During RRP you will still be in control at all times. If something about RRP puzzles you, just ask me. If you want to stop and backout, of take a break, you will be able easily to do so with no harm.
The case of Joseph
Joseph, a French Canadian psychotherapist, is an amateur classical guitarist. He has been playing classical guitar for 10 years. He found that he can play alone, but when he plays in public, he forgets the notes or just stops playing and cannot get back into it. In RRP, the feeling of performance anxiety carried him back to a memory a few years earlier when he was going on sabbatical. He was able to let go of the uncomfortable feeling at its origin and to imagine himself playing comfortably.
I have had similar experiences with cello players, piano players, vocalists, trumpet players, and guitarists. Stage fright may hit vocalists hardest of all. Students making seminar presentations before faculty are benefited.
Joseph's RRP was done by Dr. Barnett and videotaped by Fig Newton, Ph.D. a famous clinical hypnotherapist. This was the first RRP case videotaped. It was my introduction to RRP and started my RRP career.
The Case of K.
This 17 year-old suffered from 8 years of stage fright that inhibited her cello performances. Everyone in the orchestra agreed that she should be 1st cello, but sitting directly exposed to the audience caused her to be nervous and distracted, and made her bowing hand shake.
A one-hour session allowed her to resolve the repressed conflict behind her stage fright. She left seeming more mature and confident. Over the next five years, K did well with many public concerts, recitals, and performances with two symphony orchestras and a cello ensemble. She performed here and in other states and nations. I have watched many of her performances.
The Case of I.
I. was a 16-year-old gifted voice student who suffered from stage fright causing her voice to fail during public performances. In front of her voice teacher and small groups of friends, she performed very well. He teacher brought her to me.
Her 1 hour and 30 minutes session allowed her to identify a source of trauma at age 9. She was able to identify traumatic events at age 9 which she was able to resolve. She was able to resolve the conflict. She got her smile back.
Her teacher told me that after that session her stage fright was gone and she consistently performed well. Three months after her RRP session, she had a particularly stressful performance out of state and did quite well.
Risks of RRP
Dr. Barnett and I think RRP is safe. However, there is something you should think about before deciding to try RRP. What will your life be like once you have achieved freedom from stage fright? If you have been a victim of stage fright for years, you have built up a life style, and those around you have adjusted to it. RRP is really like being set free from a prison.
Dr. Barnett has treated hundreds of patients with RRP and has found no negative consequences. RRP is new, and there is no history of adverse outcomes. The main risk of RRP is failure to get results. But, Dr. Tkach and Dr. Barnett feel that RRP is highly likely to get results. When results are slow to achieve, it may require multiple sessions.
Uncovering forgotten old traumas can be distressing, but finding and working through such critical events is the whole point of therapy. You will not go through it alone. Dr. Tkach will be with you every step of the way. If you become too uncomfortable, just open your eyes and stop the session. Then talk about it with Dr. Tkach before resuming RRP. You will not be required to do anything you do not want to do.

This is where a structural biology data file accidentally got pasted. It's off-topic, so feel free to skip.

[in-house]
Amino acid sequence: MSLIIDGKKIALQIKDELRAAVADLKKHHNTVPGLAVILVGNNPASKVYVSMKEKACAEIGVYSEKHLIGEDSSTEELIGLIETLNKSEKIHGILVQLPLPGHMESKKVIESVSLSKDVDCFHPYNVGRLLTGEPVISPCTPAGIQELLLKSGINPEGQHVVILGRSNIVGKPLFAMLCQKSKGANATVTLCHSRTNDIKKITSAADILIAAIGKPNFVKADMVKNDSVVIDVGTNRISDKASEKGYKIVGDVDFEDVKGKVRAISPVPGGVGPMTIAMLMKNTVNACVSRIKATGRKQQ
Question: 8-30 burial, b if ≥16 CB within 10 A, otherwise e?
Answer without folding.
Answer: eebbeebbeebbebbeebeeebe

The main concern therapists generally have is suicidal ideas. If you are feeling suicidal, tell Dr. Tkach, and he will help you to work on that.
How will your significant others and family and friends react when you suddenly stop acting that way? There are social implications.
RRP results are immediate and dramatic. When you have achieved results in RRP therapy, there will be no question in your mind about it. Your whole attitude about performing will change and surprise you and others. You will be delighted. You will be looking for opportunities to perform. As I have said before, it is like being released from jail and given all the respect, rights, and privileges of a normal citizen, a first class citizen.
If at some later time, you experience a recurrence of the old uncomfortable feeling, I recommend another RRP session to find out what stirred it up and to correct it. During the trial period, RRP is free even if we need to do several sessions. Hopefully, your work with me will help you to learn how to do some of the RRP yourself.
RRP does not replace your need to study, practice and master the material, whether music, public speaking, or for oral examinations.
We are seeking volunteers to participate in the trial study. Because it is experimental, and because I am still learning it, there will be no charge for the trial sessions. To enroll in this limited trial, you must do the following things:
- Determine if you want me to help you.
- Make a commitment to work with me. That will be very easy. I won't ask you to do anything difficult. You will find it easy to work with me.
- Obtain a letter of referral from your teacher, doctor, or therapist if possible.
- Agree to have the sessions with me videotaped for Dr. Barnett to review and for me to study them.
- Call my secretary to schedule yourself for RRP. 587-5442.
- Come to my home on a Saturday morning or several Saturdays. If you are not going to come, you must call my office two days in advance and cancel. I am doing this in my spare time, and I don't have much spare time. If you fail to show up for your session, you will be dropped from the study. I'd like you to bring your teacher or a friend for a chaperone. If you cannot, please let me know. Musicians, who feel comfortable, bring your instrument.
- Send me a letter at 6 months, one year, two years, and three years letting me know how you are doing.
You will have to read and sign a copy of this with the release form before being seen by Dr. Tkach for RRP.
Rev. Mar. 15, 2010 copyright Dr. Tkach
Learn more about the Rapid Reintegration Procedure or buy a copy of Dr. Barnett and Dr Tkach's book.